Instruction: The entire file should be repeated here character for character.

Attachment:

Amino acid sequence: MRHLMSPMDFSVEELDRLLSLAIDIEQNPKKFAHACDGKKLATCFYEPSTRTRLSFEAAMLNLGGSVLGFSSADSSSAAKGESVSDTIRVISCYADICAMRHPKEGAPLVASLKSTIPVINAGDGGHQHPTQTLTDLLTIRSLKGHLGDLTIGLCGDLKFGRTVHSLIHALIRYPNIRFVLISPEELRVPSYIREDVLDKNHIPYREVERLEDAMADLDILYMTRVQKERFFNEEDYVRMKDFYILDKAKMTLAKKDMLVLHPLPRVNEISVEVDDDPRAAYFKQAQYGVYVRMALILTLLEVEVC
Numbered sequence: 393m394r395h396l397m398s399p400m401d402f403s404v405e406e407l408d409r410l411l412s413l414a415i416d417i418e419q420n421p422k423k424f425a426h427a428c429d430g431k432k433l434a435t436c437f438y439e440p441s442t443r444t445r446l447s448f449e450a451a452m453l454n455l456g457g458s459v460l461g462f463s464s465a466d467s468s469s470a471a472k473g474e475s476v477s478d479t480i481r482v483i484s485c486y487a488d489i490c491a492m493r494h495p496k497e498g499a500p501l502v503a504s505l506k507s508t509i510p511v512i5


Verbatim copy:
Amino acid sequence: MRHLMSPMDFSVEELDRLLSLAIDIEQNPKKFAHACDGKKLATCFYEPSTRTRLSFEAAMLNLGGSVLGFSSADSSSAAKGESVSDTIRVISCYADICAMRHPKEGAPLVASLKSTIPVINAGDGGHQHPTQTLTDLLTIRSLKGHLGDLTIGLCGDLKFGRTVHSLIHALIRYPNIRFVLISPEELRVPSYIREDVLDKNHIPYREVERLEDAMADLDILYMTRVQKERFFNEEDYVRMKDFYILDKAKMTLAKKDMLVLHPLPRVNEISVEVDDDPRAAYFKQAQYGVYVRMALILTLLEVEVC
Numbered sequence: 393m394r395h396l397m398s399p400m401d402f403s404v405e406e407l408d409r410l411l412s413l414a415i416d417i418e419q420n421p422k423k424f425a426h427a428c429d430g431k432k433l434a435t436c437f438y439e440p441s442t443r444t445r446l447s448f449e450a451a452m453l454n455l456g457g458s459v460l461g462f463s464s465a466d467s468s469s470a471a472k473g474e475s476v477s478d479t480i481r482v483i484s485c486y487a488d489i490c491a492m493r494h495p496k497e498g499a500p501l502v503a504s505l506k507s508t509i510p511v512i5